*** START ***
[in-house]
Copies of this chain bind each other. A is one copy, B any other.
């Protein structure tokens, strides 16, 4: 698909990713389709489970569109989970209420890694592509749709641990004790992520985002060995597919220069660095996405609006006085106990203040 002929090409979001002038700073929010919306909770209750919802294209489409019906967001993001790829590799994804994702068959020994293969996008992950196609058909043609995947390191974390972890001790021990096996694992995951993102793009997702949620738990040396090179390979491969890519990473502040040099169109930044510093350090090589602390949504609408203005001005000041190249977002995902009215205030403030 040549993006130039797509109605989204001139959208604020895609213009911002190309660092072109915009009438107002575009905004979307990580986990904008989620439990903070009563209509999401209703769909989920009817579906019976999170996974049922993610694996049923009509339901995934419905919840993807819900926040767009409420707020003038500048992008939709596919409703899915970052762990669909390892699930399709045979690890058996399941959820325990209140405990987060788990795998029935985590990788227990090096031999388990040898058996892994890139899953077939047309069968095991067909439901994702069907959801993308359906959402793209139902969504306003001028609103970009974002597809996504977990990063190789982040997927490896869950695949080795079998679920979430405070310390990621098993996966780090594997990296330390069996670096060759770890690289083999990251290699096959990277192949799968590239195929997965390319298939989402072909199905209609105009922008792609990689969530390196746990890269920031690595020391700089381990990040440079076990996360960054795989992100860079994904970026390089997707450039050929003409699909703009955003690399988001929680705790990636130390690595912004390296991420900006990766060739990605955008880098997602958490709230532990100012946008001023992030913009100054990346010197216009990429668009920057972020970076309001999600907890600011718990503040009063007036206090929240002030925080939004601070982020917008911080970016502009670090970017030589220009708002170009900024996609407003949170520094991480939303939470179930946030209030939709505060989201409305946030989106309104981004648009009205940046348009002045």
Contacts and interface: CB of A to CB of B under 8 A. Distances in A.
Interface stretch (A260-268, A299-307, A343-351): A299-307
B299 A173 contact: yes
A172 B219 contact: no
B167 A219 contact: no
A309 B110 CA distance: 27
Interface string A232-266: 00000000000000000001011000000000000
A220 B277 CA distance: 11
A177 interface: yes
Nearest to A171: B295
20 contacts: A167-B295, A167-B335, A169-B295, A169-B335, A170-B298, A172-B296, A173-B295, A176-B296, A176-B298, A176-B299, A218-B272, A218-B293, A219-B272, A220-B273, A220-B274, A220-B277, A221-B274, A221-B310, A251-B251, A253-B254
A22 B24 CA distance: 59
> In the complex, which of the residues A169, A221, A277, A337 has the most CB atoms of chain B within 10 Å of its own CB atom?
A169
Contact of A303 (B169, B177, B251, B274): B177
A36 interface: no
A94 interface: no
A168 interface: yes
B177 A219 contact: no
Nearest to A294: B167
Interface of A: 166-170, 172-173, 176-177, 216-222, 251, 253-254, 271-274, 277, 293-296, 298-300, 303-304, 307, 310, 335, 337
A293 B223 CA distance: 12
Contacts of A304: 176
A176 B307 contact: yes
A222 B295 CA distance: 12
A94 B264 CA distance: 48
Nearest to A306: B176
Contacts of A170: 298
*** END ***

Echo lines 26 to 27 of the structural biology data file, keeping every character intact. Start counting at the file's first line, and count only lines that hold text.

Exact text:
Contacts of A304: 176
A176 B307 contact: yes